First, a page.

Haile Gebrselassie was born in 1973 into a farming family in the Arsi region of Ethiopia. His family was subsistence farmers, Haile was one of ten children. As a young boy, Haile used to fetch water from the local river a few miles away. His mother died when he was just seven years old. Fast forward forty years to where Haile is today in the thick of a fast-paced life far removed from his childhood. Having retired from a 25-year career as one of the world's most successful ever distance runners, Haile is now working on a range of businesses that provide employment to several thousand workers across Ethiopia. Haile has always nurtured an ambition to grow coffee, a drink at the heart of Ethiopian culture which enjoys an almost sacred status. "I am so proud of what we have done for the community in Masha, building a school and constructing an all-weather road to improve access for the local people." In becoming one of Ethiopia's biggest specialty coffee producers, Haile is returning to his roots, helping local communities develop and doing what he can to move his country forward.
Covering a total area of 1,500 hectares, the farm in Masha is divided into 51 micro-lots. Traced carefully across the entire production process on the farm, these lots provide an opportunity for differentiating flavors and aromas and selecting premium coffee beans.
The washed (or parchment-dried coffee) process is widely used across Latin America and parts of East Africa. It involves the removal of the pulp and mucilage surrounding the parchment with the use of either friction or fermentation and large volumes of water. The most common practice of the various stages of this process is outlined below:
- Selectively harvested cherries do not require extensive quality control. After cherries have been loaded into a siphon, the uniformity of the degree of ripeness can be easily assessed. Water is used to separate floaters and to transport the cherries;
- Submerged cherries are transported to the pulper that forces the seeds out of the cherry by mechanical means. At this stage, the pulped beans are still covered with a mucilage layer that sticks to the parchment.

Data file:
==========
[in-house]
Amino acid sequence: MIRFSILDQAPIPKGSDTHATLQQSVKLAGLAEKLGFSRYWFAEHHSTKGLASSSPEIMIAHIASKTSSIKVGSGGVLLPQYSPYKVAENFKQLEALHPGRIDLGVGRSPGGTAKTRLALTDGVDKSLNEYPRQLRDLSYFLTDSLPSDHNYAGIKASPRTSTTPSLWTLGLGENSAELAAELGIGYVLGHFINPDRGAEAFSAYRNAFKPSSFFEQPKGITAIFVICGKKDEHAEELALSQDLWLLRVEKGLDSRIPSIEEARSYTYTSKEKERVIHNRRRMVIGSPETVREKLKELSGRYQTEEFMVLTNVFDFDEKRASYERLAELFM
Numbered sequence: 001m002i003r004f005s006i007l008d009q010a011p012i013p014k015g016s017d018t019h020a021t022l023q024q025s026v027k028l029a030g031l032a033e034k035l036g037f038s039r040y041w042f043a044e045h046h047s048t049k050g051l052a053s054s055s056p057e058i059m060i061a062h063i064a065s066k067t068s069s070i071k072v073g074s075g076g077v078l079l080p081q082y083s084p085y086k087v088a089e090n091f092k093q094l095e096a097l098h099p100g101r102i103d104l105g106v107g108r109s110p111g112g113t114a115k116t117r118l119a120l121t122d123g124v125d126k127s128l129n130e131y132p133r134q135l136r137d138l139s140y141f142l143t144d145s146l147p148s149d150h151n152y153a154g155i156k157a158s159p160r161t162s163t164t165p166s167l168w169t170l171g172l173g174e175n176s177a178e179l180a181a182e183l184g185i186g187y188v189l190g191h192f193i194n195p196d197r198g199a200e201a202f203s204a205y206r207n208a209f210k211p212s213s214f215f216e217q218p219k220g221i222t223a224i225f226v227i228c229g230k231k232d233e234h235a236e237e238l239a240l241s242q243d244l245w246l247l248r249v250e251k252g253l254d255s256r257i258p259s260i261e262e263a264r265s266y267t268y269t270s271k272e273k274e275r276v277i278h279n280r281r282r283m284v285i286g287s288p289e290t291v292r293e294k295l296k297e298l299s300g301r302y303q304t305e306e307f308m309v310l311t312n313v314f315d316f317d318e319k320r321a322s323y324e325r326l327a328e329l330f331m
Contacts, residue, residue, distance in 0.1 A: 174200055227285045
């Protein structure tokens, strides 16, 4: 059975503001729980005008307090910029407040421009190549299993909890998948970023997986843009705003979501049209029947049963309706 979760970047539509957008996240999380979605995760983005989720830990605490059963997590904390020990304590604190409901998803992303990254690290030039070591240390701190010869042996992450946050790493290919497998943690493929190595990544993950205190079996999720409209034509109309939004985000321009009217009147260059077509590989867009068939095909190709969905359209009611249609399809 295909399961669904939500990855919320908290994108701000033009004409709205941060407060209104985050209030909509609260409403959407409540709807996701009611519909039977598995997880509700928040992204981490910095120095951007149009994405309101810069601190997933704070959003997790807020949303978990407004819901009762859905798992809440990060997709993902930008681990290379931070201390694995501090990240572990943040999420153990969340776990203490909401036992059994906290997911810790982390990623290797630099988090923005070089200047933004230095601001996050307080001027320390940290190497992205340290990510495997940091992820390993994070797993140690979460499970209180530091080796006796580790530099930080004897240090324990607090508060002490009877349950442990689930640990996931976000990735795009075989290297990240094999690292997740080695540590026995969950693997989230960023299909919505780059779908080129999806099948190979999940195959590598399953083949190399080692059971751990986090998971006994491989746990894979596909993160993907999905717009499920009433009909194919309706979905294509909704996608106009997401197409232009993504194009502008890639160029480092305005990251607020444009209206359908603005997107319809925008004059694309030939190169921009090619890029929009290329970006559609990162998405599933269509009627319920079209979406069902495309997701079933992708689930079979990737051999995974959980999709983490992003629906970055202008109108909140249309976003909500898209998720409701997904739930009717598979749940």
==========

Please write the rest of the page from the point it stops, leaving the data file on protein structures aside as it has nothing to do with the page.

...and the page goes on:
- The slimy mucilage is slowly removed by a process of fermentation, often under water. The fermentation time may vary according to ambient temperatures (i.e., 16 – 72 hours) and the process is completed once the mucilage is fully removed. Currently, there is a lot of experimentation on coffee farms with different fermentation protocols.
- Water is then used to stop fermentation by cleaning the parchment of microorganisms and organic matter. This water then drives the seeds toward drying facilities. In addition, beans can be separated in washing channels by density.
Drying of coffee is done on patios, raised African beds, or mechanical driers. The washed process is the most resource-intensive method of processing. It was developed in equatorial regions, where frequent rain required fast processing times.
Variety Mixed Heirloom
The Ethiopian Heirloom name is used to describe indigenous heirloom varieties resulting from cross-breeding between species and varietals rather than stemming from one particular variety. Ethiopia's local varieties are called “Ethiopian Heirloom” or Ethiopian heritage. Most Heirloom coffees are naturally occurring descendants of the Typica or Bourbon varietals of the Coffea Arabica species. It's estimated that Ethiopia is the home of several thousand different coffee varieties.